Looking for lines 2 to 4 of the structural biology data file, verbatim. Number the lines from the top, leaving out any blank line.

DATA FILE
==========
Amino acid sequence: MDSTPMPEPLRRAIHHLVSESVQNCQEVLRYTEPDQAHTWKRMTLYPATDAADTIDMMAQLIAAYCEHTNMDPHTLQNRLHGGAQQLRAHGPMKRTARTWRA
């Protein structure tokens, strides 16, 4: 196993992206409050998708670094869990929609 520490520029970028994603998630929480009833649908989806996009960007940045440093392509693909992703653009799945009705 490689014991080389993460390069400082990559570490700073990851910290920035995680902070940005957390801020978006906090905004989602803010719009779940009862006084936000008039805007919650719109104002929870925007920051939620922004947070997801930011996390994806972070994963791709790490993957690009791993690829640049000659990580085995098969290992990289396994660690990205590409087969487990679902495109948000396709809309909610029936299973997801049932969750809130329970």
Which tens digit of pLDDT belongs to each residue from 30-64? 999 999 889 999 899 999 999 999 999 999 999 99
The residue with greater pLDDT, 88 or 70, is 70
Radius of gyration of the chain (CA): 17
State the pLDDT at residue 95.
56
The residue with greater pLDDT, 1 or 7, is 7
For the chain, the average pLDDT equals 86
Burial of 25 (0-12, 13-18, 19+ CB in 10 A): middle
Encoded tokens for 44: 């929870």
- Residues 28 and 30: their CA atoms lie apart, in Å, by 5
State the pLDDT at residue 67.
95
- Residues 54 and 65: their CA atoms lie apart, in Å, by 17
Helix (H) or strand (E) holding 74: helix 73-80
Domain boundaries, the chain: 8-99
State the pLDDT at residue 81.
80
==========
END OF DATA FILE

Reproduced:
């Protein structure tokens, strides 16, 4: 196993992206409050998708670094869990929609 520490520029970028994603998630929480009833649908989806996009960007940045440093392509693909992703653009799945009705 490689014991080389993460390069400082990559570490700073990851910290920035995680902070940005957390801020978006906090905004989602803010719009779940009862006084936000008039805007919650719109104002929870925007920051939620922004947070997801930011996390994806972070994963791709790490993957690009791993690829640049000659990580085995098969290992990289396994660690990205590409087969487990679902495109948000396709809309909610029936299973997801049932969750809130329970």
Which tens digit of pLDDT belongs to each residue from 30-64? 999 999 889 999 899 999 999 999 999 999 999 99
The residue with greater pLDDT, 88 or 70, is 70